Ohio Rep. Tim Ryan, the Democratic nominee for US Senate, said Sunday that he will appear alongside President Joe Biden when he travels to the state on September 9 to attend the groundbreaking of a new semiconductor manufacturing facility.
Ryan, who is running in a competitive open-seat race against Republican J.D. Vance, confirmed that he will attend the event in Licking County, Ohio, in an interview with CNN’s Dana Bash on “State of the Union.” Biden’s visit comes on the heels of the enactment of the CHIPS and Science Act, a sweeping $280 billion law to boost US domestic chip-making and scientific research.
“This is the biggest, most transformational economic development project in Ohio’s history. I will be there. I’m proud to have supported this and helped bring this investment to Ohio,” Ryan said.
Ryan’s willingness to appear alongside the President, whose net approval rating remains underwater, marks a different tone for a Democrat facing a tough midterm race. Arizona Sen. Mark Kelly stopped short of directly inviting Biden to campaign with him in his state during a “State of the Union” appearance on CNN last week. Many Democratic candidates have opted to keep their distance from the President, with some even criticizing him in television ads.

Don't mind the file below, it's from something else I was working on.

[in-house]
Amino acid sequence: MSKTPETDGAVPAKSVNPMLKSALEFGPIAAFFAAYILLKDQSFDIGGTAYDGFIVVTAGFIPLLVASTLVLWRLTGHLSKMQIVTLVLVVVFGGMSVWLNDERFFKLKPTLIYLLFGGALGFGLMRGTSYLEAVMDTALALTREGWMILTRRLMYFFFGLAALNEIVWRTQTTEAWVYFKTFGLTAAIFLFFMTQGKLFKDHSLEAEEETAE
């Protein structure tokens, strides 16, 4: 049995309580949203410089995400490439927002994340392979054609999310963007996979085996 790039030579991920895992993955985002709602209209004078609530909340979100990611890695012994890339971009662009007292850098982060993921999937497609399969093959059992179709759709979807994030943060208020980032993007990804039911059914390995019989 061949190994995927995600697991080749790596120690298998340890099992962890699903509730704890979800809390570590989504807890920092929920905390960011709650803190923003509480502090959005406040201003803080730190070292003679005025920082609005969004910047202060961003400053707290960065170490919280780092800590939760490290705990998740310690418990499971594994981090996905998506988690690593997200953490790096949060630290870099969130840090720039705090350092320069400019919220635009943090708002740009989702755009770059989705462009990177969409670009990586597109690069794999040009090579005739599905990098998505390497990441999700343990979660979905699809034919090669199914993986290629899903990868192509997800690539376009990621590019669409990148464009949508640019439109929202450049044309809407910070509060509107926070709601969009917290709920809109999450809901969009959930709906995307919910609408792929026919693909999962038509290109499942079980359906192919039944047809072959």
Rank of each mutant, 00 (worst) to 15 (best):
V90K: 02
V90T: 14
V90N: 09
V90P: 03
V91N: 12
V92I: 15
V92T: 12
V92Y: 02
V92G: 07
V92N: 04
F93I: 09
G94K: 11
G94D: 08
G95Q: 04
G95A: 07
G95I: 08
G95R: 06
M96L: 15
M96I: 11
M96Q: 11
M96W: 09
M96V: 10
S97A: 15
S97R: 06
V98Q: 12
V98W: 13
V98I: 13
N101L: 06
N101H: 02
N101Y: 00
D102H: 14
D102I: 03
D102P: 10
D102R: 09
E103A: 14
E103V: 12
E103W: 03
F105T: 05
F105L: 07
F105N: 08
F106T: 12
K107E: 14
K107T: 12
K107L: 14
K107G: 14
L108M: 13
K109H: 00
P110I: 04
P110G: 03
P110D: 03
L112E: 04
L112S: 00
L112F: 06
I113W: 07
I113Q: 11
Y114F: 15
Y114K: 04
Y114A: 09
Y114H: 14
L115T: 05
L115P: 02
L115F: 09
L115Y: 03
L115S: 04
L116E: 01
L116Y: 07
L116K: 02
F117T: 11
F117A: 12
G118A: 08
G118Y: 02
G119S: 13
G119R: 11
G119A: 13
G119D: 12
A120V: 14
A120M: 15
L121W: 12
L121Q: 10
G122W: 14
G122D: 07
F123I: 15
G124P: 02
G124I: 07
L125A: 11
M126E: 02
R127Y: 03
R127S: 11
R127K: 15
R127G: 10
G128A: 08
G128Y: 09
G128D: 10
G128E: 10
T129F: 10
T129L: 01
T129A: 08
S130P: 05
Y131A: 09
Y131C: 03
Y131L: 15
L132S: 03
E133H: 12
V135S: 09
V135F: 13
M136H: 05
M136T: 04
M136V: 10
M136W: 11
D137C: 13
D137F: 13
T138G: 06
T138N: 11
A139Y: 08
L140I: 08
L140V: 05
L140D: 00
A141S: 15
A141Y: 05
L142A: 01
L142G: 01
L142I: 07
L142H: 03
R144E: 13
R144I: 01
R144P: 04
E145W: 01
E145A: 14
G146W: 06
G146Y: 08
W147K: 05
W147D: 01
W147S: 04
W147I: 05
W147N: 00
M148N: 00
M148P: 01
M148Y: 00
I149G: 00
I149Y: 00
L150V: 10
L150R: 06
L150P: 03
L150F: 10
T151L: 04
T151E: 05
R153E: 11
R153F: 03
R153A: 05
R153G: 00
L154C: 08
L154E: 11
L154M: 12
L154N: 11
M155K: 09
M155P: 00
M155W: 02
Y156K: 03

Ryan himself on Sunday criticized the White House’s student loan relief plan, saying it “sends the wrong message” to those who didn’t attend college and need financial help. He suggested a tax cut for the working class and a plan to allow student loan borrowers to renegotiate their interest rates as alternative options.
“I think a targeted approach right now really does send the wrong message. There’s a lot of people out there making 30, 40 grand a year that didn’t go to college, and they need help as well,” Ryan said.
Biden on Wednesday announced historic new steps to address student loan debt, which includes forgiving up to $20,000 for millions of borrowers.
When pressed by Bash on his 2018 tweet in which he stated that “student debt is control,” Ryan said he agreed that student debt is a problem but doesn’t support the White House’s solution.
“We’re not saying that there’s not a significant burden here. The cost of college is outrageous, but there’s nothing in here to control that cost,” he said.